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Qobuz’s experts gather all the essentials of each genre. These albums have marked music history and become major landmarks.

With the Ideal Discography you (re)discover legendary recordings, all whilst building on your musical knowledge.

Albums

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Merry Christmas, Mr. Lawrence (Nagisa Oshima's Original Motion Picture Soundtrack)

Ryuichi Sakamoto

Film Soundtracks - Released January 1, 1983 | Editions Milan Music

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Neo Geo innovator and international musical collaborator Ryuichi Sakamoto has run the gamut in his lengthy career, from the Kraftwerk-inspired work of the Yellow Magic Orchestra and a handful of high-profile soundtracks, to several solo albums and various guest spots with Arto Lindsay, David Sylvian, Thomas Dolby, and Public Image Ltd., among many others. And on the heels of the YMO's breakup in 1983, Sakamoto jumped right into the fray with this soundtrack to director Nagisa Oshima's Merry Christmas Mr. Lawrence (Sakamoto also co-starred along with David Bowie). While not as sophisticated as the music he wrote for The Sheltering Sky and The Last Emperor (a collaboration with David Byrne), Merry Christmas Mr. Lawrence does sport one of Sakamoto's most fetching pieces, "ForbiddenColours" (given many treatments, including a fine David Sylvian vocal version), and a few successful Asian and Western classical hybrids. Unfortunately, though, the music often bogs down in bloated, synth-washed musings and staid rhythmic underpinnings. Not the best introduction to Sakamoto's work, but certainly worth a cut-out bin price for the lovely variations on "Forbidden Colours." © Stephen Cook /TiVo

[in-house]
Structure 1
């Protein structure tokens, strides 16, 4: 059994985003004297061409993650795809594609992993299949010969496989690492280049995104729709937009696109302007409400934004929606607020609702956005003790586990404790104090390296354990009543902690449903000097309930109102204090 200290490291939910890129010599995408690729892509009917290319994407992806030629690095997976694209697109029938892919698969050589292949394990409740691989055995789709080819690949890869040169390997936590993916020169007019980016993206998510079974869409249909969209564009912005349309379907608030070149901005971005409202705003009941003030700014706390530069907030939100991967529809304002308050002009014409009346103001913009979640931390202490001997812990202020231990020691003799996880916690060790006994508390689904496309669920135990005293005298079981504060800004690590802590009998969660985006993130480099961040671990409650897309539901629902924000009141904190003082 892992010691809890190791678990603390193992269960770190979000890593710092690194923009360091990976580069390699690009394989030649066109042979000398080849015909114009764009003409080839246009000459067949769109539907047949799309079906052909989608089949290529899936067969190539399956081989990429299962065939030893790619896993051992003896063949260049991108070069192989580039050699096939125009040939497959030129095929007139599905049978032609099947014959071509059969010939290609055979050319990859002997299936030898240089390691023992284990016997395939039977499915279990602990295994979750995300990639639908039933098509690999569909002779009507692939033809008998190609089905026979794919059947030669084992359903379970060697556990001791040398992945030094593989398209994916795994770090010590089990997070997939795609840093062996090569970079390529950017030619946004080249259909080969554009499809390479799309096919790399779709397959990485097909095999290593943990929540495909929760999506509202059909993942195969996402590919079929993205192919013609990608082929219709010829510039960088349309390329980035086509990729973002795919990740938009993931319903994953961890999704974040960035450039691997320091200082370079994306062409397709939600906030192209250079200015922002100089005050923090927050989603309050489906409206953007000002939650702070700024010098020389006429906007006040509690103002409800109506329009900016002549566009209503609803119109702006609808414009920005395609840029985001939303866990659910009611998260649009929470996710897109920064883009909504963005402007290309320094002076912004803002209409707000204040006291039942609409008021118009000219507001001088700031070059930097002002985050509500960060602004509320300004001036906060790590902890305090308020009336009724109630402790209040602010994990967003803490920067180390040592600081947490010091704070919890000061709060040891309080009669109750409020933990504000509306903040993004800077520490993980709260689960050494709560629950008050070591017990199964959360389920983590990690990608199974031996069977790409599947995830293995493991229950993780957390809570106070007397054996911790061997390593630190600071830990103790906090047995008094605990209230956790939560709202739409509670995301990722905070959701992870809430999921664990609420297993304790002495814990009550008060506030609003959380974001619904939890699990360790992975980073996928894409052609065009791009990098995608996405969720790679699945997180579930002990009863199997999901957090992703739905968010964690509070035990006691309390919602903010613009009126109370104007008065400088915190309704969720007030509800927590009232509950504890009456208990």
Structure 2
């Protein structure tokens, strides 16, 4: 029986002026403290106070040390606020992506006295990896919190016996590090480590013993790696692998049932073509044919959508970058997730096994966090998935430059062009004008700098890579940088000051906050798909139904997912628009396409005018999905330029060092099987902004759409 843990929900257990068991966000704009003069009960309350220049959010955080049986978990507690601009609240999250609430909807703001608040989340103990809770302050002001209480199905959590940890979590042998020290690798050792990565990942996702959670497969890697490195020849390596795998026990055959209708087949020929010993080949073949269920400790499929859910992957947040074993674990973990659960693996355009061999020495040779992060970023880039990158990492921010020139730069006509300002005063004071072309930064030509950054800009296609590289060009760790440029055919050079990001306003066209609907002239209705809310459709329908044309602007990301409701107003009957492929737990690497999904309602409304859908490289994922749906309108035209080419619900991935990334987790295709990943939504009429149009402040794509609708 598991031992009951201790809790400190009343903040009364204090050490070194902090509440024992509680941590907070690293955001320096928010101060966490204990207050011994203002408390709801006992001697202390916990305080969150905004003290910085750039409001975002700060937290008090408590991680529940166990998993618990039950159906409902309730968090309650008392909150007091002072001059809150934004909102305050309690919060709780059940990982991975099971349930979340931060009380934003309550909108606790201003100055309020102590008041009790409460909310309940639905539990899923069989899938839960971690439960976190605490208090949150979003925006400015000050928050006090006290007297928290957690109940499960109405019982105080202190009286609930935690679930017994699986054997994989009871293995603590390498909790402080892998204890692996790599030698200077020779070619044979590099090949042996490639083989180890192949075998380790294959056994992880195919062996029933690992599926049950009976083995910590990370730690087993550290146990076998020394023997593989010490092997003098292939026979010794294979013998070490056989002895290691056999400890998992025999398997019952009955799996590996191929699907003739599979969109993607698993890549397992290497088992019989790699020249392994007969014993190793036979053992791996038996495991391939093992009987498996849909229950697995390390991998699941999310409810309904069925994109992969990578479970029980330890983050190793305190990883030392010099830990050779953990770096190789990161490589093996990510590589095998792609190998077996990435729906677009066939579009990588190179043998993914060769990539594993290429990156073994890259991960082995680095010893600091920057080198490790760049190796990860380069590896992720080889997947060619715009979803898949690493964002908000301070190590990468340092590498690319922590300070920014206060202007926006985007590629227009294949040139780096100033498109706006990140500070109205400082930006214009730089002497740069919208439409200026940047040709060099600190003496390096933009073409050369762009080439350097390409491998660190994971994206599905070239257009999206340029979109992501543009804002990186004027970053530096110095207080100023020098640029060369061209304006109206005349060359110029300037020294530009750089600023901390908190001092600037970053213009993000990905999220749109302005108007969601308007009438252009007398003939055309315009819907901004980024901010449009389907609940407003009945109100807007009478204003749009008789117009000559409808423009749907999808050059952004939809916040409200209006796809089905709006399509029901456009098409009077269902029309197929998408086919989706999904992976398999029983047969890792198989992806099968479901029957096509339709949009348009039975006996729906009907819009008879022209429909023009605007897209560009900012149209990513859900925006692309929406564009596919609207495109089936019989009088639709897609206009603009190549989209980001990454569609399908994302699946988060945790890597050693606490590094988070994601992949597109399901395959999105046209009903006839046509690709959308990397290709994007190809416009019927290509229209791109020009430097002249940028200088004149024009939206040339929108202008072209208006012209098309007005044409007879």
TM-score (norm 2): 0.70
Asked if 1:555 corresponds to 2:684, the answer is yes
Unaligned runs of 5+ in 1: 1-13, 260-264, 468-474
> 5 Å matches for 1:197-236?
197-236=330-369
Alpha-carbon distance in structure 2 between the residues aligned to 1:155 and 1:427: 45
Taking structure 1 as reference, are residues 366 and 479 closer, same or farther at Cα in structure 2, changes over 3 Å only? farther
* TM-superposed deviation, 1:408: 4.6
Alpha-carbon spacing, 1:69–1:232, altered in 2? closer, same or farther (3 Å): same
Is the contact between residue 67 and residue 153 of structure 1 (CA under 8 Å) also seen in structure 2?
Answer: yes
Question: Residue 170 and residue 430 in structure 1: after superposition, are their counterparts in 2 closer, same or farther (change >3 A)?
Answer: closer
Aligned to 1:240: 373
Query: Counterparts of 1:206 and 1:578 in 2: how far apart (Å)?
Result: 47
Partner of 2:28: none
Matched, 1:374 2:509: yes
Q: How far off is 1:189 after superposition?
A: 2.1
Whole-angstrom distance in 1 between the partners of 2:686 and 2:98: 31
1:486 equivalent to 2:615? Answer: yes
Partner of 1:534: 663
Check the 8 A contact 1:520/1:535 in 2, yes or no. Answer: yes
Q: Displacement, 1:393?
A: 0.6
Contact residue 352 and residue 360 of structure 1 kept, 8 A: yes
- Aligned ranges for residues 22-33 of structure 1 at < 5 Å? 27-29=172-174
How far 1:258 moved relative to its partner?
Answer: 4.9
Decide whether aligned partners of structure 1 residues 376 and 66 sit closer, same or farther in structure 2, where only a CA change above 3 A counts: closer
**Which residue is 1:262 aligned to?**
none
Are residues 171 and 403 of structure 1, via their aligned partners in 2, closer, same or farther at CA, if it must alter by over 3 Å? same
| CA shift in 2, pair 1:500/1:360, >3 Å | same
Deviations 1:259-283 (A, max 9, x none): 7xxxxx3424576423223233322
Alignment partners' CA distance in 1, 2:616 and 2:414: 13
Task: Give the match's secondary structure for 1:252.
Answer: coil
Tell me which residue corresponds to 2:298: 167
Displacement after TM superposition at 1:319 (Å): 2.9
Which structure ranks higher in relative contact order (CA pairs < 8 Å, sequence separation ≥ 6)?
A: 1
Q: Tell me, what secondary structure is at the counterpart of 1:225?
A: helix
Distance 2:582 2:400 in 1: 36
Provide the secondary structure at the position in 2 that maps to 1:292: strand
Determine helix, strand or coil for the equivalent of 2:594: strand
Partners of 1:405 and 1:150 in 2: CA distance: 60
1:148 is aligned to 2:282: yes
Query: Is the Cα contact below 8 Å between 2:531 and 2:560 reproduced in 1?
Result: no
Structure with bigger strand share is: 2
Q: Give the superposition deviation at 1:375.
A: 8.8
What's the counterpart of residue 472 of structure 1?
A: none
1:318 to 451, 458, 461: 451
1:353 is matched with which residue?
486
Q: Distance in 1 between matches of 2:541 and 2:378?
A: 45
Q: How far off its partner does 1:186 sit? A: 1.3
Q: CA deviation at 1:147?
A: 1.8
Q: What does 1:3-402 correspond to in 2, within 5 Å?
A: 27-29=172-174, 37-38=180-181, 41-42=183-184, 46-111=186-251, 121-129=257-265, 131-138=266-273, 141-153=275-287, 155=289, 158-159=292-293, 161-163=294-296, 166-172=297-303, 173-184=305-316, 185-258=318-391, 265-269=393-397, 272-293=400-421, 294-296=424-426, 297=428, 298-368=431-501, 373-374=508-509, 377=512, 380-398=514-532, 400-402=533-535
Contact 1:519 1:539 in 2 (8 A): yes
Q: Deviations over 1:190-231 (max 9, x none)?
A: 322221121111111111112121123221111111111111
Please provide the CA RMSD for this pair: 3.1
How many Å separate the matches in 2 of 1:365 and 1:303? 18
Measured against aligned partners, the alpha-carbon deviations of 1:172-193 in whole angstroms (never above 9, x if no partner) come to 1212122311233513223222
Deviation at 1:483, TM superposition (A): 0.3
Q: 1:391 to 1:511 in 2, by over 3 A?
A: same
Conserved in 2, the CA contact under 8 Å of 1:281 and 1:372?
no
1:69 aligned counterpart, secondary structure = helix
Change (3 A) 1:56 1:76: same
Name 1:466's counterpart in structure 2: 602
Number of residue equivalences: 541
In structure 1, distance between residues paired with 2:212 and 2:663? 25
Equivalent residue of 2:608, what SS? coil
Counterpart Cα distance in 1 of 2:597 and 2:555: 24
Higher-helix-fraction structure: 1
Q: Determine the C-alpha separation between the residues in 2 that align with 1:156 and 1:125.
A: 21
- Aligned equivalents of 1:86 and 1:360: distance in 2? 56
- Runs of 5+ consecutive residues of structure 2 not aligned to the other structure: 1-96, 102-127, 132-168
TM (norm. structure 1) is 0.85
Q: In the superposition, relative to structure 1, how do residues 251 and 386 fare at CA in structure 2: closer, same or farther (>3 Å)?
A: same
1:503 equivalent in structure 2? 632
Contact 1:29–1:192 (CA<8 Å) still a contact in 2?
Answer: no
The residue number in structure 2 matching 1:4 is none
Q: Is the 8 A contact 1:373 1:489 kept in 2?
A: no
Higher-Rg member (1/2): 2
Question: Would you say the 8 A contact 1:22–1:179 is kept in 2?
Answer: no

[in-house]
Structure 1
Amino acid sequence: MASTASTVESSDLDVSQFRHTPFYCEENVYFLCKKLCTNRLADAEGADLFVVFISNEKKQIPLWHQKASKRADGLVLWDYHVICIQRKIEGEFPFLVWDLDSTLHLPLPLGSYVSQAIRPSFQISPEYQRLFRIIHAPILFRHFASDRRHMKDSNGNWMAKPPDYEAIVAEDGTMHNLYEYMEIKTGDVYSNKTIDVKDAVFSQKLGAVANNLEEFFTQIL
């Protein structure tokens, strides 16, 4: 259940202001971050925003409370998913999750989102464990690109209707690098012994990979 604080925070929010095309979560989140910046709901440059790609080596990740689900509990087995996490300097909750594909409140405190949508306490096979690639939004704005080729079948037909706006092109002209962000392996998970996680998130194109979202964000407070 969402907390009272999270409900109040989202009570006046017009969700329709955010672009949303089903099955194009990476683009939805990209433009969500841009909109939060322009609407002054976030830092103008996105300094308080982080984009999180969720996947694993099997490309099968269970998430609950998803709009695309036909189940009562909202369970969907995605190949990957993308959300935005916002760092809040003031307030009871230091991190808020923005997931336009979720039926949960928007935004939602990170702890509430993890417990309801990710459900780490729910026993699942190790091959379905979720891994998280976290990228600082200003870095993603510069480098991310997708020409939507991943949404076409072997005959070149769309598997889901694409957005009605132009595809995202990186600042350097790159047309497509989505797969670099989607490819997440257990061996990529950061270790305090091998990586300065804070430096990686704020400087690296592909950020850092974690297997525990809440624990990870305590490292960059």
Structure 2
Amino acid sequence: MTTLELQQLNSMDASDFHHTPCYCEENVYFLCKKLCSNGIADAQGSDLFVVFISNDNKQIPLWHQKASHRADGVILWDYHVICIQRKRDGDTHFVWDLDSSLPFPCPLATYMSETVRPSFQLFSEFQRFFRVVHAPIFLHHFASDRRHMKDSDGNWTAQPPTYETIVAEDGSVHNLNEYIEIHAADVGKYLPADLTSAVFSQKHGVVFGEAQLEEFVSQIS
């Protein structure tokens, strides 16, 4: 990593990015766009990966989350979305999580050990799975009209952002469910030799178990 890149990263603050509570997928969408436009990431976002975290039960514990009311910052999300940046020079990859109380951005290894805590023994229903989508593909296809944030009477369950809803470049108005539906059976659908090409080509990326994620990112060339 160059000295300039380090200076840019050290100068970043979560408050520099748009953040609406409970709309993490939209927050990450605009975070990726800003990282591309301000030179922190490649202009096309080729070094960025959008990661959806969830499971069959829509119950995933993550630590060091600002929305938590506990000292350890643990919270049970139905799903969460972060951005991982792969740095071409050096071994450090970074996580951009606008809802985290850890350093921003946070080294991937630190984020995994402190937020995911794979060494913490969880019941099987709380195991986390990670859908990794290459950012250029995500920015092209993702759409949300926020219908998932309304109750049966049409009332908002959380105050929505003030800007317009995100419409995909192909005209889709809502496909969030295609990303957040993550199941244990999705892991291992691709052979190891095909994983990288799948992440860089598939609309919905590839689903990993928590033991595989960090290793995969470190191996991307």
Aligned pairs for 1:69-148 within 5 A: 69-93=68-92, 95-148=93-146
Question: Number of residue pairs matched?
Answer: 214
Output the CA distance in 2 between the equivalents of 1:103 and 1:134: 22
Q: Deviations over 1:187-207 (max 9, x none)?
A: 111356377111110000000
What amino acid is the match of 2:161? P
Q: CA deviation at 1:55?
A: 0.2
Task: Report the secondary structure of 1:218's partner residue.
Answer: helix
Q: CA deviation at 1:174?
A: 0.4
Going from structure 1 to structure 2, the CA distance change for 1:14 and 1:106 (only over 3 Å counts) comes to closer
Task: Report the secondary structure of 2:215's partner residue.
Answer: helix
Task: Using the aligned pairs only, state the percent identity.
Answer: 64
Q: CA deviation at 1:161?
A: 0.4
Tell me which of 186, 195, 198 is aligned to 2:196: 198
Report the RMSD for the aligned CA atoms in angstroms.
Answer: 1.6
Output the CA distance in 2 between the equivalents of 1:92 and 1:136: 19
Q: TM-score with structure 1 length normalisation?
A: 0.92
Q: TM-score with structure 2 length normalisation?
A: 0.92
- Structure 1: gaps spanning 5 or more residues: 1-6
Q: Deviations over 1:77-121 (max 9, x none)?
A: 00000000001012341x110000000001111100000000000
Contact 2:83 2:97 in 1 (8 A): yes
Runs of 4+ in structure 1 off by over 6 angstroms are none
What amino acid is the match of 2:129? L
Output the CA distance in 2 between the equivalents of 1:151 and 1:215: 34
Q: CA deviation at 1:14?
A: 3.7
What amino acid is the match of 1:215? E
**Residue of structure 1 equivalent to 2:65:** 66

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Les Sept mercenaires (Bande Originale du Film de John Sturges)

Elmer Bernstein

Film Soundtracks - Released March 30, 2004 | Editions Milan Music

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Furyo - Merry Christmas, Mr. Lawrence (Nagisa Oshima's Original Motion Picture Soundtrack)

Ryuichi Sakamoto